Author(s): Ma CS, Pittaluga S, Avery DT, Hare NJ, Maric I,
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Abstract Individuals with X-linked lymphoproliferative disease (XLP) display defects in B cell differentiation in vivo. Specifically, XLP patients do not generate a normal number of CD27 memory B cells, and those few that are present are IgM. Recent studies have suggested that IgMCD27 B cells are not true memory cells, but rather B cells that guard against T cell-independent pathogens. Here we show that human XLP IgMCD27 B cells resemble normal memory B cells both morphologically and phenotypically. Additionally, IgMCD27 B cells exhibited functional characteristics of normal memory B cells, including the ability to secrete more Ig than naive B cells in response to both T cell-dependent and -independent stimuli. Analysis of spleens from XLP patients revealed a paucity of germinal centers (GCs), and the rare GCs detected were poorly formed. Despite this, Ig variable region genes expressed by XLP IgMCD27 B cells had undergone somatic hypermutation to an extent comparable to that of normal memory B cells. These findings reveal a differential requirement for the generation of IgM and Ig isotype-switched memory B cells, with the latter only being generated by fully formed GCs. Production of affinity-matured IgM by IgMCD27 B cells may protect against pathogens to which a normal immune response is elicited in XLP patients.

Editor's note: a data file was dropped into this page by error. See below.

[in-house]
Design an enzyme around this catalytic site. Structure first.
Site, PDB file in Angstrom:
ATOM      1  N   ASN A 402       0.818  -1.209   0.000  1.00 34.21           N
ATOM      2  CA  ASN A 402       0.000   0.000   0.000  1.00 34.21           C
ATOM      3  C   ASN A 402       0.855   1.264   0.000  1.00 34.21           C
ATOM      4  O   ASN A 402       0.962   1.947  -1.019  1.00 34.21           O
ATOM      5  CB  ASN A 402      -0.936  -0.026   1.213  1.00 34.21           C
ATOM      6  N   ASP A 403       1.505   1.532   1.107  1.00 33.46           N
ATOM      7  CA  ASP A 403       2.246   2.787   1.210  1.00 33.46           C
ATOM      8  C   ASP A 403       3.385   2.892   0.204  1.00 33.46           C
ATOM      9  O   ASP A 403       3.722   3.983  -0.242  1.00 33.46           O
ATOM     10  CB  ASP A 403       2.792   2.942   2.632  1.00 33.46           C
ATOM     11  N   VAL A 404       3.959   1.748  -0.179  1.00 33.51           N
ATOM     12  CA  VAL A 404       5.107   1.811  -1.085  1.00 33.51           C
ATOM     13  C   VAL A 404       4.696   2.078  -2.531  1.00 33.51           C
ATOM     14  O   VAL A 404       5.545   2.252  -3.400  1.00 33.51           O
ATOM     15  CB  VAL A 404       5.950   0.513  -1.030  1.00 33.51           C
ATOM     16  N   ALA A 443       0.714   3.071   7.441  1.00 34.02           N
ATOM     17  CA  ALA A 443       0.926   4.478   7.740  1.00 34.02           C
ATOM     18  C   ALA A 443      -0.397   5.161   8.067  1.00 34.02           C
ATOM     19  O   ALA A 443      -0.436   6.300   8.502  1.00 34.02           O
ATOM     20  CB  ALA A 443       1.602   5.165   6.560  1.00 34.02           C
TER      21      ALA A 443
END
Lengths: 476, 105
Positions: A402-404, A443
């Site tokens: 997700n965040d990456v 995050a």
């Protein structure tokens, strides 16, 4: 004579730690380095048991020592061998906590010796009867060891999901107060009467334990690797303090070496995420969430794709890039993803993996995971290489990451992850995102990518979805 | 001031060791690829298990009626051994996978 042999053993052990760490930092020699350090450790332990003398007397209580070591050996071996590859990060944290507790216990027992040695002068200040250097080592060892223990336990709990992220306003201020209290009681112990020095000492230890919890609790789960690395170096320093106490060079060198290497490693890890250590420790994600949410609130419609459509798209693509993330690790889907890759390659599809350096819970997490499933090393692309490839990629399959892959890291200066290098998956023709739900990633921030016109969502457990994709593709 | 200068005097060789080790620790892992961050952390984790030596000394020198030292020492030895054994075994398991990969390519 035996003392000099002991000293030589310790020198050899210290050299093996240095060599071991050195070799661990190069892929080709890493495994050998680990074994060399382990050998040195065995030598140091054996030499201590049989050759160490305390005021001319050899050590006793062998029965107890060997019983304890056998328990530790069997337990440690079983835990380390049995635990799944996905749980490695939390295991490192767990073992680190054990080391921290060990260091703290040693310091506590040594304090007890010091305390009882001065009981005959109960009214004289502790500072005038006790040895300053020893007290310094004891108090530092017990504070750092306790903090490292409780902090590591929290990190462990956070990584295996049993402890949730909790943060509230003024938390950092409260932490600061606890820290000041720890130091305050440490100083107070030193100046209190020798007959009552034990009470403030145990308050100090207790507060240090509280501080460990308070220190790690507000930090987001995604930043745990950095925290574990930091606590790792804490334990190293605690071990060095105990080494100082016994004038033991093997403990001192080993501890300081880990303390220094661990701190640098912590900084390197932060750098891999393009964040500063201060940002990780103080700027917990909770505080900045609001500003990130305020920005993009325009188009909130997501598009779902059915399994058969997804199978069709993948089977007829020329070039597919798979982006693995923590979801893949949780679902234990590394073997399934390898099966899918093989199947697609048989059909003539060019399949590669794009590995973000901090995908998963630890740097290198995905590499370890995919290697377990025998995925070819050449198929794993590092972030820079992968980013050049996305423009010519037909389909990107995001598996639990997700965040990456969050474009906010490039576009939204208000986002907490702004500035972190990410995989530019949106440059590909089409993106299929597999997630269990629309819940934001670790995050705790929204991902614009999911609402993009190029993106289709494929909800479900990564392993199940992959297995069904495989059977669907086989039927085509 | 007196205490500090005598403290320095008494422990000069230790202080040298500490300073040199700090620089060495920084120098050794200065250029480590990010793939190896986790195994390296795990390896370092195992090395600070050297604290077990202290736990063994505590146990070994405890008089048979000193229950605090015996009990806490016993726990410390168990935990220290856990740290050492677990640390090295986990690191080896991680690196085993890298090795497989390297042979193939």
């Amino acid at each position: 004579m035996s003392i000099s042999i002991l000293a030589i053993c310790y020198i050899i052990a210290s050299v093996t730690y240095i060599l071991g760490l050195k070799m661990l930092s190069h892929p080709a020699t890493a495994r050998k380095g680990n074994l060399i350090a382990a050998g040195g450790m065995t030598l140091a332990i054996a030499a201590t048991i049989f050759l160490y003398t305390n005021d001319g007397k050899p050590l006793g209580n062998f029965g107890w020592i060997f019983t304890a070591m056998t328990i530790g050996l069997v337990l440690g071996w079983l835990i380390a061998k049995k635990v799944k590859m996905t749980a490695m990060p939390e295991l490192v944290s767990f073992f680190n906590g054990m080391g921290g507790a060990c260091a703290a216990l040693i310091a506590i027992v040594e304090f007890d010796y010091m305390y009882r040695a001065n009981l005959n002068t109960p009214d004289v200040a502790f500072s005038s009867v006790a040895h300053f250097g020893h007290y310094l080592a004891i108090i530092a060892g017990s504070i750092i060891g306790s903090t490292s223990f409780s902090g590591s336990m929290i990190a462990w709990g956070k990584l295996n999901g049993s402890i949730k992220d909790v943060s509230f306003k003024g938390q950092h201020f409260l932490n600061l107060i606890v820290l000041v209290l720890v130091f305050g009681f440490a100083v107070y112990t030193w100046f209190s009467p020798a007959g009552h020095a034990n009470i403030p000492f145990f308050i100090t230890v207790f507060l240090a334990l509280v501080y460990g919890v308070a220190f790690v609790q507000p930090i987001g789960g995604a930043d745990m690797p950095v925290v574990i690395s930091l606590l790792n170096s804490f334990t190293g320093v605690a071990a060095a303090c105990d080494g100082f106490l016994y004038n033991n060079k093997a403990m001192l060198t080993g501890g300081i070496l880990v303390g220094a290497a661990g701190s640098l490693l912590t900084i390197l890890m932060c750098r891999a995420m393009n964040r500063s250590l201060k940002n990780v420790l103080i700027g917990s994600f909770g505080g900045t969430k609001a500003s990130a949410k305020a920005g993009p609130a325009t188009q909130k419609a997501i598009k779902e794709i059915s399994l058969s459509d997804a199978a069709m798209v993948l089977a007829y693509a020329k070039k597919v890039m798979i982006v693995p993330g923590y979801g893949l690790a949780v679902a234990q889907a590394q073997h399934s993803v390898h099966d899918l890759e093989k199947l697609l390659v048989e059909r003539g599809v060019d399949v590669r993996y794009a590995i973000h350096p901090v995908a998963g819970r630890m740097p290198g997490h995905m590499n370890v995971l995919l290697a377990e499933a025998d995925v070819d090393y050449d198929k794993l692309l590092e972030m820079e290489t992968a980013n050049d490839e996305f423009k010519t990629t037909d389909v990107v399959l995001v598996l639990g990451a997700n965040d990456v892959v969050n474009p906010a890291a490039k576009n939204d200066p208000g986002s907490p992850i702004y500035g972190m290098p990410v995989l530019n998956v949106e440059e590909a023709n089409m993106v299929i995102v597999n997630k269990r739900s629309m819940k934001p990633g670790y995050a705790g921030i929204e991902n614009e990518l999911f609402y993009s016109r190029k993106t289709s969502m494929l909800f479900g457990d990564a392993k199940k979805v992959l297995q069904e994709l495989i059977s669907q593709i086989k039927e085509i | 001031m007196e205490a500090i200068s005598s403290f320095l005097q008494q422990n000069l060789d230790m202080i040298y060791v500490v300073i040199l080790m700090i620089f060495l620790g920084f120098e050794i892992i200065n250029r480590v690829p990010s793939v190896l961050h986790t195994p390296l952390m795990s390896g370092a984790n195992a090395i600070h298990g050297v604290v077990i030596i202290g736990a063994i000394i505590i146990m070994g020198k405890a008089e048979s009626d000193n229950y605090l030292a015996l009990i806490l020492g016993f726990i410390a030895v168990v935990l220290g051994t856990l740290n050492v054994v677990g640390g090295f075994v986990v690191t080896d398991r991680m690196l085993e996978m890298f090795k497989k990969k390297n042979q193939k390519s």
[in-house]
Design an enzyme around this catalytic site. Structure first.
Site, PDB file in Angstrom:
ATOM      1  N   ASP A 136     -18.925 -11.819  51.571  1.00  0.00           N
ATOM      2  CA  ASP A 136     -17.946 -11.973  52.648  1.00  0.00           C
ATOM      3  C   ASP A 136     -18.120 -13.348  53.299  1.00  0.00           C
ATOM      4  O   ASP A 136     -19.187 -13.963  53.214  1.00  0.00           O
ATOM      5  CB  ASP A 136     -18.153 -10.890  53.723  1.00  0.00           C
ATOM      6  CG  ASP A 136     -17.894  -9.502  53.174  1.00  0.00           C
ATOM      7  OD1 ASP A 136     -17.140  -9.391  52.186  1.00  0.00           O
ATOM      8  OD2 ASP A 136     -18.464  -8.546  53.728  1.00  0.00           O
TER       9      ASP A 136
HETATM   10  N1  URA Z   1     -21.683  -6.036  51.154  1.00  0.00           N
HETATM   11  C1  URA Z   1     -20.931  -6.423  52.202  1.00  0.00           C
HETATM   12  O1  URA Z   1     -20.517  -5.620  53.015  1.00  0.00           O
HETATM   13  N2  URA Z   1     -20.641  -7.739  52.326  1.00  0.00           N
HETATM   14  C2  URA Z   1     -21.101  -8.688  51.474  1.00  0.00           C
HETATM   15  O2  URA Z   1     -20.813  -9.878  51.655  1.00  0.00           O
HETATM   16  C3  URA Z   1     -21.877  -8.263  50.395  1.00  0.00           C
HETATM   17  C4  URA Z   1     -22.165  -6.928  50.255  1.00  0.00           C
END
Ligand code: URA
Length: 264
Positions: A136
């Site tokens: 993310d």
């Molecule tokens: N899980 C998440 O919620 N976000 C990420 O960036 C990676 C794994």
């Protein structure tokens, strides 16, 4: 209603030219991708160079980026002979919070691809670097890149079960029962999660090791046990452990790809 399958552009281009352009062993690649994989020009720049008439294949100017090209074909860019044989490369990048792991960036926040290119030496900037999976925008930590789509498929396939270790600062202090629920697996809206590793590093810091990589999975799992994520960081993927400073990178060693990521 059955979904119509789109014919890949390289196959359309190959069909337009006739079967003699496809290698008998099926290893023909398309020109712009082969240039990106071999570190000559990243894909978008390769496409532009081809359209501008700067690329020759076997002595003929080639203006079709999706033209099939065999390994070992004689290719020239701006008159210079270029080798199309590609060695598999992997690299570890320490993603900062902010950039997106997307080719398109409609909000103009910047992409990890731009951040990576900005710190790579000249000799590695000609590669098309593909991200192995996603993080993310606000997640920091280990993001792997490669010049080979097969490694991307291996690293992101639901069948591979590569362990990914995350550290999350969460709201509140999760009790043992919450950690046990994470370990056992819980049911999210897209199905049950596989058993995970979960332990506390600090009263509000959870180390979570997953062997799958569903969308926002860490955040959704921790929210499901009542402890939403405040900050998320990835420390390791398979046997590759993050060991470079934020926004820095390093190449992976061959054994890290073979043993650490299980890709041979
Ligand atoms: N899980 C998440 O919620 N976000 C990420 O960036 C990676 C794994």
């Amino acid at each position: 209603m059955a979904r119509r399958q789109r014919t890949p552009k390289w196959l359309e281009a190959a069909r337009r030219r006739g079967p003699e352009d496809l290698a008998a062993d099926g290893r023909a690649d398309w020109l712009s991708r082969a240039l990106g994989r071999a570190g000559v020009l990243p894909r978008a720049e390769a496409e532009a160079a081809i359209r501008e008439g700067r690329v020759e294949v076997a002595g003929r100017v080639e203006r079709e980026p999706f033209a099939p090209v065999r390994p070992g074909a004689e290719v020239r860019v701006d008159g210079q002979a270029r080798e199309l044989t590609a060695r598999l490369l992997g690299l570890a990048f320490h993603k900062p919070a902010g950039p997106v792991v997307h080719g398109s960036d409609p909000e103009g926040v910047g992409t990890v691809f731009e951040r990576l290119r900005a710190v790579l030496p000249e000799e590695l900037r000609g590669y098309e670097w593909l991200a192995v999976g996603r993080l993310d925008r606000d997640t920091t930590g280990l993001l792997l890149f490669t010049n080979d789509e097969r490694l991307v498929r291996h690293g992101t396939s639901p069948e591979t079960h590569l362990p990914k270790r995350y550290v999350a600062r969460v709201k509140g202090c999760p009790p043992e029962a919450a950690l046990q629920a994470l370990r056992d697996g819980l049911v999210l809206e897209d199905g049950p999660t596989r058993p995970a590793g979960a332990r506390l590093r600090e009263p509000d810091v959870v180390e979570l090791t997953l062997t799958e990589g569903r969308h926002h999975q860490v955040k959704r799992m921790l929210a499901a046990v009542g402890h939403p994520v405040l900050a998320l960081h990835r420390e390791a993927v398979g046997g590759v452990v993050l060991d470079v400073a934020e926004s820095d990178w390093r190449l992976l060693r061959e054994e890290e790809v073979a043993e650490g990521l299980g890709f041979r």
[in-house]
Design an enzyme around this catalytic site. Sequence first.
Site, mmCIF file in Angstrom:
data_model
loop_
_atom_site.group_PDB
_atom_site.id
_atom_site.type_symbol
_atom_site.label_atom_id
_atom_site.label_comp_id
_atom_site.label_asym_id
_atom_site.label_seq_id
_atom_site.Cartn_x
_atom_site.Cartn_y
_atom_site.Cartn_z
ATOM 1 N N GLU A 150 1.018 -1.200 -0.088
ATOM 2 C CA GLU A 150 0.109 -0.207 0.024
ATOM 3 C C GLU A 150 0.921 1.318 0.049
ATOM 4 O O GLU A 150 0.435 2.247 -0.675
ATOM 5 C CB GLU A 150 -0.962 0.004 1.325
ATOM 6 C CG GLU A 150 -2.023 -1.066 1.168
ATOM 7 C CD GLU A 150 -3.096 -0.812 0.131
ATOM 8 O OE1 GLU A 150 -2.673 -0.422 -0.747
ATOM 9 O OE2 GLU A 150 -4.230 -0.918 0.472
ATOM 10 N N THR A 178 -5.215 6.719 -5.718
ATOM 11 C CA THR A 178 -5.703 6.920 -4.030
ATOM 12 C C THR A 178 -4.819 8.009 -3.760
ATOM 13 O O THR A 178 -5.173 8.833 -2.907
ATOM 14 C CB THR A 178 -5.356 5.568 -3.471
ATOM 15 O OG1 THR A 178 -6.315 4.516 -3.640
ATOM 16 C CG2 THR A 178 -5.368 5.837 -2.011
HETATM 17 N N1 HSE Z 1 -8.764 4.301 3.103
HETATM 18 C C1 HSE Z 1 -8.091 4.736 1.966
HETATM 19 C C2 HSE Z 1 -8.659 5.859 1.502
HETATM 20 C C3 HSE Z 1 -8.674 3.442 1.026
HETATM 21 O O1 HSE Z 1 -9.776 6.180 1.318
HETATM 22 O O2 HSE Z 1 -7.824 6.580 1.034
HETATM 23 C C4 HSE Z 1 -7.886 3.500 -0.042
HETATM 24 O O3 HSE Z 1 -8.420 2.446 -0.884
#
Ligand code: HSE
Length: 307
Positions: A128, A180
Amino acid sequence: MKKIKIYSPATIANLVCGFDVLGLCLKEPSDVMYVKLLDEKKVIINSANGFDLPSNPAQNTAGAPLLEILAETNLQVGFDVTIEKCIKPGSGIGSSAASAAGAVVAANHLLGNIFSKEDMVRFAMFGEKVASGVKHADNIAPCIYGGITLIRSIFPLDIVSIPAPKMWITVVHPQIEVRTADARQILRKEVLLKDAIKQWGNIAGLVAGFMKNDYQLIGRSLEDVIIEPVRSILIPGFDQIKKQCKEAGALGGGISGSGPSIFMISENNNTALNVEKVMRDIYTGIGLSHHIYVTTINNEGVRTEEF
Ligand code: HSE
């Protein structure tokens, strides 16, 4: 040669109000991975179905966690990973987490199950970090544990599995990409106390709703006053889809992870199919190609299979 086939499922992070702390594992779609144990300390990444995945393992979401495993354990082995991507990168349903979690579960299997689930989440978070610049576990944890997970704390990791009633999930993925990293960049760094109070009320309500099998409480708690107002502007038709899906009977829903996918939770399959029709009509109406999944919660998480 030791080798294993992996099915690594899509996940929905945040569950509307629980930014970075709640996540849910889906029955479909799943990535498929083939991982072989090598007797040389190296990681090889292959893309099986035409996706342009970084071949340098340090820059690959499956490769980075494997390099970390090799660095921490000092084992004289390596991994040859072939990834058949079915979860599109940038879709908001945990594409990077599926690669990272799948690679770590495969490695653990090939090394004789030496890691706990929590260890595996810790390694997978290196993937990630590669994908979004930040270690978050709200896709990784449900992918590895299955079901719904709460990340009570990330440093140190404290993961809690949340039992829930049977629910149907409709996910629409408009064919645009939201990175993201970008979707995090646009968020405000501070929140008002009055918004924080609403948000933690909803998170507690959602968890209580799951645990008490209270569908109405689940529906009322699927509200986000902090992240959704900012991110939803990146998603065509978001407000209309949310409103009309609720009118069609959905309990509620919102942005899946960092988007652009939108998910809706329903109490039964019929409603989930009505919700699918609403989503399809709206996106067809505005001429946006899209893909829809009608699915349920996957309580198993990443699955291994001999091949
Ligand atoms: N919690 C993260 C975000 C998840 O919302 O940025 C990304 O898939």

This article was published in J Clin Invest
and referenced in Journal of Clinical & Cellular Immunology